TL;DR Summary: Only a cost segregation study can unlock the value of your commercial property for a large tax deduction.
Real estate has long been held as a way to build wealth and there are many examples out there (good and bad) of those who have made their fortunes in real estate. While real estate may hold great value, many real estate purchases end up feeling more like the Money Pit when investors discover all the money they invested in their commercial real estate is not tax deductible in the year paid. Cost segregation studies (“CSS” or “Cost Seg Studies”, combined with the new favorable bonus depreciation rules can make a new real estate investment cash flow positive and a tax deduction. If your accountant has ever had the “basis” discussion with you, please keep reading. If not, get ahead of that “I don’t make the rules” conversation and keep reading.
Cost segregations studies became accessible to the general public after the Hospital Corporation of America vs. Commissioner 1999 tax court case that upheld a company’s use of a cost segregation report to accelerate depreciation expenses. The CSS report consists of an engineer’s analysis that itemizes all of the materials that went into building your property and breaks down the items into specific categories for tax purposes. The end result is a report that provides the documentation for accountants (like GP CPA) to legally accelerate depreciation expenses and move assets out of the dreaded 39 year category. This scenario makes for happy real estate investors and lowered income tax bills.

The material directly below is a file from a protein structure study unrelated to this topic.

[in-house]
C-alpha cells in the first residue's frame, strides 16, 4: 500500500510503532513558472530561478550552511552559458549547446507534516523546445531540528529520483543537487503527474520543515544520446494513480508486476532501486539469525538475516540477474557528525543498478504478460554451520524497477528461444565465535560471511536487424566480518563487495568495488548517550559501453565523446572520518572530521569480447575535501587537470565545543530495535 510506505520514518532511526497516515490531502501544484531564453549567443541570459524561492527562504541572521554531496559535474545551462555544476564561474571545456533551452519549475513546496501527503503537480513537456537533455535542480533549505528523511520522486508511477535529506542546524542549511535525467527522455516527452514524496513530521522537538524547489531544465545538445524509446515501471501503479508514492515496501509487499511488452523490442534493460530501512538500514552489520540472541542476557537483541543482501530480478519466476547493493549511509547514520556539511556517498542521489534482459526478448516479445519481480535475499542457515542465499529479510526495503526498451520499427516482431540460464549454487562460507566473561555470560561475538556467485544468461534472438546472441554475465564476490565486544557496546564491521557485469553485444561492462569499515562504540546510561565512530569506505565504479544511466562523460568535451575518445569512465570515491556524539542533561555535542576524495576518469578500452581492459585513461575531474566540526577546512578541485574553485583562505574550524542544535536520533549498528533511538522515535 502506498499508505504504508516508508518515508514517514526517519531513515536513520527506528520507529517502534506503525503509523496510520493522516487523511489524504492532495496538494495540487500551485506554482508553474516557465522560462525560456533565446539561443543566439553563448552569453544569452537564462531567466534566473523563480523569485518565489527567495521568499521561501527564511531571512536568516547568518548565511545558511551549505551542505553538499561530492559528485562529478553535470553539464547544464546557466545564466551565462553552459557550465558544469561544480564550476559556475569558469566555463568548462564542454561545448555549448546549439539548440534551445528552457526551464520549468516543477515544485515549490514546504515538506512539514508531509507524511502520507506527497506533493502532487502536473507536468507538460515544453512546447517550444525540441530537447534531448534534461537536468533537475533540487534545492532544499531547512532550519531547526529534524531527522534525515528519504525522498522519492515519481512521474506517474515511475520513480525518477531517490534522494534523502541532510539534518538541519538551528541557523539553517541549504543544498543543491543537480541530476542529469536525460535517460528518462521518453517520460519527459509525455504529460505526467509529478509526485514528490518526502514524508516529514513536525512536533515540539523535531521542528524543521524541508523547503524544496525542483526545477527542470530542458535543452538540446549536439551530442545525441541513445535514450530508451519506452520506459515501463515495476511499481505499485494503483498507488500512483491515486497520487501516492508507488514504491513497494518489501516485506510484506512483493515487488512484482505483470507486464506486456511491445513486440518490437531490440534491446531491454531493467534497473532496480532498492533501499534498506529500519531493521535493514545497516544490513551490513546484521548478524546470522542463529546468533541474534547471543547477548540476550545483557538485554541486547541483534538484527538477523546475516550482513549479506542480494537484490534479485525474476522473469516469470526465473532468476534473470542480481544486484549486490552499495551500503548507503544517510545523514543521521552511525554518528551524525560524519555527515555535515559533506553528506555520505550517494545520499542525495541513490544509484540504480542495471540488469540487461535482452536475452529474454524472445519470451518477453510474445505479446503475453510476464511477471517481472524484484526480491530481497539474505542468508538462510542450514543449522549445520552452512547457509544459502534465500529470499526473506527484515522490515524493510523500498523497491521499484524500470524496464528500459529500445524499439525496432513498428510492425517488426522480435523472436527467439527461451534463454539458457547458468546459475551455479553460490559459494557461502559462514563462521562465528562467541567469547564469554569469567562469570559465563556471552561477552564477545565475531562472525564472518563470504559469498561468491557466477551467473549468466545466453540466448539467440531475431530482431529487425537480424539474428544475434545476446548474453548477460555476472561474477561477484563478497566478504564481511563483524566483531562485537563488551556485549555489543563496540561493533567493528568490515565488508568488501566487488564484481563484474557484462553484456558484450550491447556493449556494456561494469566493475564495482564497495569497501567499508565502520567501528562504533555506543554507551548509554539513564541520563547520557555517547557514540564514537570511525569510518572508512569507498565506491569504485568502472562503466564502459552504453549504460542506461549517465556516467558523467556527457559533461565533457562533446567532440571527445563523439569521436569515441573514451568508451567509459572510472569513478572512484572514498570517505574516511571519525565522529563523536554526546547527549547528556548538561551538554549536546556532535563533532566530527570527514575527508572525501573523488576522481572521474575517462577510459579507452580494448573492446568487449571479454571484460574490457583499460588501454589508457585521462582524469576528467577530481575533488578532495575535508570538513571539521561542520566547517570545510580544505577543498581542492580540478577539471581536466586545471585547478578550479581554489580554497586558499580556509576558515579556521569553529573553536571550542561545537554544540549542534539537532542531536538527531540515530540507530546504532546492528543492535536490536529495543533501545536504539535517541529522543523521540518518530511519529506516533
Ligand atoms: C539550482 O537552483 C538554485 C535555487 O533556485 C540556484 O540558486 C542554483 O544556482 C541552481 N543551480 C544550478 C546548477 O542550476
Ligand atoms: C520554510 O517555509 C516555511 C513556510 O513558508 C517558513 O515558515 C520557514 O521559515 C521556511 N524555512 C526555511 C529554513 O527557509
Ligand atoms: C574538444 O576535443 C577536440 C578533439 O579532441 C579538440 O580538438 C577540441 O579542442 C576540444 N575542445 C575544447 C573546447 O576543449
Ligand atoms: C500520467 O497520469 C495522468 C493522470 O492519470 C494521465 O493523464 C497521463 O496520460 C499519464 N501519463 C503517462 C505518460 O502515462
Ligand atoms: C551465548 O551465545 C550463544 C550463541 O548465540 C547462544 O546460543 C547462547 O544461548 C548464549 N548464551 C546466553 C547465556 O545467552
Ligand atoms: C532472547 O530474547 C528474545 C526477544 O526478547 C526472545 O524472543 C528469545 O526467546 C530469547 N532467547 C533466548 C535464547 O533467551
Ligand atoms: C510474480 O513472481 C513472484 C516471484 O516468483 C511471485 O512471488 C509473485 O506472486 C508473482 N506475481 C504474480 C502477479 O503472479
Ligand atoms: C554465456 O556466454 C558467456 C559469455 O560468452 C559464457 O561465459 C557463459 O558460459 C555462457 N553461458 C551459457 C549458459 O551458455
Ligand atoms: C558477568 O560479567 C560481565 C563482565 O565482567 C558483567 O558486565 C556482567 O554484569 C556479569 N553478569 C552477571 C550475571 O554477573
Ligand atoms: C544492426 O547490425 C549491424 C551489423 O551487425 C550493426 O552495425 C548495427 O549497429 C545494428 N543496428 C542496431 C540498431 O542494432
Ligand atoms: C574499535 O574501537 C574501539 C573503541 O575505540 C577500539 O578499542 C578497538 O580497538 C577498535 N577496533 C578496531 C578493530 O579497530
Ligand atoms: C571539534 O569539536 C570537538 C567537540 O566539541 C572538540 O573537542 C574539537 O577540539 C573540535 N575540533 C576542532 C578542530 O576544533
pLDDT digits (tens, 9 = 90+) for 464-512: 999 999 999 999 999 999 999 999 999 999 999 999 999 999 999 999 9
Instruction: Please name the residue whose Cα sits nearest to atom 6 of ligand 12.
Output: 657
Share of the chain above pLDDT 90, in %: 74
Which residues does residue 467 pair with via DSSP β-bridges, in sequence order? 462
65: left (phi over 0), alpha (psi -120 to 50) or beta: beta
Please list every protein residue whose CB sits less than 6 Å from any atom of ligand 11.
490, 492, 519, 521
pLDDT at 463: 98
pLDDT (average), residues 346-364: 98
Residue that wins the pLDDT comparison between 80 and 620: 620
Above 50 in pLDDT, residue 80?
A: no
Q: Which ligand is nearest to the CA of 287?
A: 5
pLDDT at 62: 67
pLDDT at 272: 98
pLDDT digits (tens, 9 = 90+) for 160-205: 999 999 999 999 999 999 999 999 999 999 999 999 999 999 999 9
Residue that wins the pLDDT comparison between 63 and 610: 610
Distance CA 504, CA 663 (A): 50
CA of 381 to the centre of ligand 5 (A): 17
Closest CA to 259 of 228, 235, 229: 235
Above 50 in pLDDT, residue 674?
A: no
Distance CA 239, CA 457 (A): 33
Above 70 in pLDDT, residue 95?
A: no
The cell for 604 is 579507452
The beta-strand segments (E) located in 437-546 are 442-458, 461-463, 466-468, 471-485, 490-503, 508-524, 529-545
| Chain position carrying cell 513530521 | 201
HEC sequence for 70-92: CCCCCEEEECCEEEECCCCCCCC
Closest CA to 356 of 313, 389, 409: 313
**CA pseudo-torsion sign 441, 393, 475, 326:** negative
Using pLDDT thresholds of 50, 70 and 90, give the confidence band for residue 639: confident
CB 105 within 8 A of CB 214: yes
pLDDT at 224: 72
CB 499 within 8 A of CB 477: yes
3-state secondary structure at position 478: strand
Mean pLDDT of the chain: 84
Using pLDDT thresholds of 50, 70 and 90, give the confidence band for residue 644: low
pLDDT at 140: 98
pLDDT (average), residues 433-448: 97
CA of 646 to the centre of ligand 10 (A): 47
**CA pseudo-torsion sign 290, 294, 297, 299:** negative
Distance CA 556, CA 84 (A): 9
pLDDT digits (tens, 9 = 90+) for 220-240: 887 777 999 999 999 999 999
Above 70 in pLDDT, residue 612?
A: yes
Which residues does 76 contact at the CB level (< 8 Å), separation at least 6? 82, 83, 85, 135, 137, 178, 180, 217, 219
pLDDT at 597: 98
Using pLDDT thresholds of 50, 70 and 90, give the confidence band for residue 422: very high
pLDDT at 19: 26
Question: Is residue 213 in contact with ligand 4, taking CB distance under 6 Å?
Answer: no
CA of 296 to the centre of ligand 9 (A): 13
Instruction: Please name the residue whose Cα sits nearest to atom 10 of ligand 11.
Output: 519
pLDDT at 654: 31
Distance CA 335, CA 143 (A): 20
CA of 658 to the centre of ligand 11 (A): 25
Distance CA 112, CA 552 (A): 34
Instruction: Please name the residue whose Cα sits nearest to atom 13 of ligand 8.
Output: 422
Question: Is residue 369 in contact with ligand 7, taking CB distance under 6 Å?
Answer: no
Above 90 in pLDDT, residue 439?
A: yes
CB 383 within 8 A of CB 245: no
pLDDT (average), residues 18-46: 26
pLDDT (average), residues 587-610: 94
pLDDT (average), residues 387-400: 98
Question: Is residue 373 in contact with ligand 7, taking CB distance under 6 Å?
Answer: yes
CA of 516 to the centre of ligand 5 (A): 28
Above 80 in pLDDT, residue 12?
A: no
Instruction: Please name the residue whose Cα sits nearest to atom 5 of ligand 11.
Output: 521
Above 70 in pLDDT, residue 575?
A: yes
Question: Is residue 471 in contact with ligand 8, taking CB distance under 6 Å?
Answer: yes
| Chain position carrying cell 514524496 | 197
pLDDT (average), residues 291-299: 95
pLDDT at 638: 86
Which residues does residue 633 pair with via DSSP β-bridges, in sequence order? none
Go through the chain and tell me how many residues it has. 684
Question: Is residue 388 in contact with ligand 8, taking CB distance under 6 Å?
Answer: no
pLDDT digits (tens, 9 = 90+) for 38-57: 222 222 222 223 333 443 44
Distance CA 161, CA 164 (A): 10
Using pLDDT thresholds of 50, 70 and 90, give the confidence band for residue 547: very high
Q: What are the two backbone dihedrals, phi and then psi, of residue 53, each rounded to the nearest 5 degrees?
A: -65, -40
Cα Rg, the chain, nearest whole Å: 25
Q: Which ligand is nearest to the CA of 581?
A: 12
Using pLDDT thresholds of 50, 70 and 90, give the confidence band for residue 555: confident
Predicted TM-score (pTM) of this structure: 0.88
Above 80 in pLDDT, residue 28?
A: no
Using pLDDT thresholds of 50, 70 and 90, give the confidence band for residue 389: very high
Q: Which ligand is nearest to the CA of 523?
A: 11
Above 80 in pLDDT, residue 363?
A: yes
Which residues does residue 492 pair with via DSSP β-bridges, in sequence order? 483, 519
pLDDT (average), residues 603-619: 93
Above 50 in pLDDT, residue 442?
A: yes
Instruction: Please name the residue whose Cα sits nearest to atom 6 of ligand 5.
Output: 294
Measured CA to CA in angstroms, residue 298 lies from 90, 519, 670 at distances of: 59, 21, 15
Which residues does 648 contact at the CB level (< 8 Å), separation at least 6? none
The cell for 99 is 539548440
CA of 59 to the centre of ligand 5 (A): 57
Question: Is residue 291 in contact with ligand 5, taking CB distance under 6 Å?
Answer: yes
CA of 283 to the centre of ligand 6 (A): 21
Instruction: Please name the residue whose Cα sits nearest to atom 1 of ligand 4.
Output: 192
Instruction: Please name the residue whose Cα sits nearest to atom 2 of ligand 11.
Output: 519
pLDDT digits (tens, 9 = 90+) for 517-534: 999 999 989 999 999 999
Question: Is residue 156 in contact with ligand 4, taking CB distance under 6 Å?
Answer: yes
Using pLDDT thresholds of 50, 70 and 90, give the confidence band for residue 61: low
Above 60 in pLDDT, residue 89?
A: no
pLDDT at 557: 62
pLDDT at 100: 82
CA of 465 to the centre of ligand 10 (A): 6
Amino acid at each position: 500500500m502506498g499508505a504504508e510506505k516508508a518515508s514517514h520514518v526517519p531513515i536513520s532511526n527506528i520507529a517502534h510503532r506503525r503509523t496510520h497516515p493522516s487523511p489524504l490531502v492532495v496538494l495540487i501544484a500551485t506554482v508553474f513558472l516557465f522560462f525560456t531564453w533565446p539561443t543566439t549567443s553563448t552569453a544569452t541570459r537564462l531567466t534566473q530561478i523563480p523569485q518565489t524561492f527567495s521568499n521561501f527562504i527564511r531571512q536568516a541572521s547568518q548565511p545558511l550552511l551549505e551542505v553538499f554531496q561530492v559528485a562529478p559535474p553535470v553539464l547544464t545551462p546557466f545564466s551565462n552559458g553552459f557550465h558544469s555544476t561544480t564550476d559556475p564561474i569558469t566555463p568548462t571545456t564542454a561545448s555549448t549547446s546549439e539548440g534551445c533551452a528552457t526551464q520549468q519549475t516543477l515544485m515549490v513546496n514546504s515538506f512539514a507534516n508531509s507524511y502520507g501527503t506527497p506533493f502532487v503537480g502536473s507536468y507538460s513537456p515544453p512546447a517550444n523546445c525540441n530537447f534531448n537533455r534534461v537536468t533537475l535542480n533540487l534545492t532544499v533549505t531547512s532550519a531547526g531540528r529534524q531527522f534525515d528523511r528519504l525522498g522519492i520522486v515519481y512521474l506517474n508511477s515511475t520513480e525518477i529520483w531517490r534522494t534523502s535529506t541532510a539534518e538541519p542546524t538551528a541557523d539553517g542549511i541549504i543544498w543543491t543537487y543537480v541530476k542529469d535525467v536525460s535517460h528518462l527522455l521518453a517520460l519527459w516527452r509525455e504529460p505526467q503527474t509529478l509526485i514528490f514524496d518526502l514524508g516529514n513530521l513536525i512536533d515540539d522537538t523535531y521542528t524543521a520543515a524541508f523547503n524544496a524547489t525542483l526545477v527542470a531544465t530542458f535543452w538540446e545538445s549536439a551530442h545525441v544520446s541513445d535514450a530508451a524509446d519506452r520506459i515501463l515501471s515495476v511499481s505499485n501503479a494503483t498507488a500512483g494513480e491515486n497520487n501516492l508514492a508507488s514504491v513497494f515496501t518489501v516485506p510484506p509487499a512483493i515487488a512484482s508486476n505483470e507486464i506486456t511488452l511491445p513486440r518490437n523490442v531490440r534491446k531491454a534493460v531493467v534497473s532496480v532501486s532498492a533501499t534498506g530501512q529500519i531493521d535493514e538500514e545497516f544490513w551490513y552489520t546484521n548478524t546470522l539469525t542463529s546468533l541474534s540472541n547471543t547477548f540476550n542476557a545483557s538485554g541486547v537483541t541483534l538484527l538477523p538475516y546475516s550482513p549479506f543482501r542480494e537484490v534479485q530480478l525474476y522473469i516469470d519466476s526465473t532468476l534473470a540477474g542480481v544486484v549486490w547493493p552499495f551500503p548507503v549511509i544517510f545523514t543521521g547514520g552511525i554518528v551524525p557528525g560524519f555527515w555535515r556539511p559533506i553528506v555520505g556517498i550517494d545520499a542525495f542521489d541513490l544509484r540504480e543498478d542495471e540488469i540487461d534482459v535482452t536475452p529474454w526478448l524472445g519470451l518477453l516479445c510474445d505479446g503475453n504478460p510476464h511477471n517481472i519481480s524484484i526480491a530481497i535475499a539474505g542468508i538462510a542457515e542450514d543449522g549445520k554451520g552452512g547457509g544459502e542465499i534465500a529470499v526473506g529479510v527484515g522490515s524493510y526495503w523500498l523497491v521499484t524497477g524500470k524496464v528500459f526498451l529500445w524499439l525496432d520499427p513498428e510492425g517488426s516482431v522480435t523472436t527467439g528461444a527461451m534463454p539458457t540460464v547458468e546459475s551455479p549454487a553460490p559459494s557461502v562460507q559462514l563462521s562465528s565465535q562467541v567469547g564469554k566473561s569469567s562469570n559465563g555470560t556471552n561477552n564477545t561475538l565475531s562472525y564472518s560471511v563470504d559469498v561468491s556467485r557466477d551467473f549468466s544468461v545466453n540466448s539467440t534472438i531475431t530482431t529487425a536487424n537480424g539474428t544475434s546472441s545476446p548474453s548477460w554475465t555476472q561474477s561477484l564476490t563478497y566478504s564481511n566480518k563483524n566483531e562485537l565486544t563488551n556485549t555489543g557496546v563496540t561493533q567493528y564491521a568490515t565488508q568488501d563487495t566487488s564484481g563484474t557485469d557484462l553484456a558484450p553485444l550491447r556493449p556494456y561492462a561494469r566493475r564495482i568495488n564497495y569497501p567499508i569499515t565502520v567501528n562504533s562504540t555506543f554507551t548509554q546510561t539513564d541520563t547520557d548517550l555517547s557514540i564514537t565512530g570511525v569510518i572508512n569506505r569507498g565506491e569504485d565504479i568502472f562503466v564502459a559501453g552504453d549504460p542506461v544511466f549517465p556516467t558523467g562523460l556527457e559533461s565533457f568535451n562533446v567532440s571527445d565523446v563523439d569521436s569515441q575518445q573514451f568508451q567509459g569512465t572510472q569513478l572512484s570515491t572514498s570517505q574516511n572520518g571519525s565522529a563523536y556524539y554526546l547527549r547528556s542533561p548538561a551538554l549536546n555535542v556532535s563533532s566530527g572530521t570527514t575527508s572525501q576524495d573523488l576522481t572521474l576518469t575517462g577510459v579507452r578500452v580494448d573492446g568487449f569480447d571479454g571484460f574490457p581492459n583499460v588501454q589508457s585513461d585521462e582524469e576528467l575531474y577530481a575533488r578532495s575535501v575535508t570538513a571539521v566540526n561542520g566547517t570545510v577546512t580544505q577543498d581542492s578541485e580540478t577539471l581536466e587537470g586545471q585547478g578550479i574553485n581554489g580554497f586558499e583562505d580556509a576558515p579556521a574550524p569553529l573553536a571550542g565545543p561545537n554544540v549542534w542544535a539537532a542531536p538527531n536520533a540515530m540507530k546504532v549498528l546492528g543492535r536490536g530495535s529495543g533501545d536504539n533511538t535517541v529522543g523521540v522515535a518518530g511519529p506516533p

As an example, a client of ours recently commissioned a firm [for about $4,000] to perform a cost segregation study of their recent commercial real estate purchase and were able to move about 34% of the cost of the building and into faster depreciation categories. The results of their CSS report were $80,000 in depreciation accelerated and over $20,000 in tax savings over the next few years. For real estate valued at $300,000 or more, a cost segregation analysis can make a substantial difference in the real estate investor’s tax return.
Please contact us to discuss the details of how a cost segregation study could improve your bottom line.
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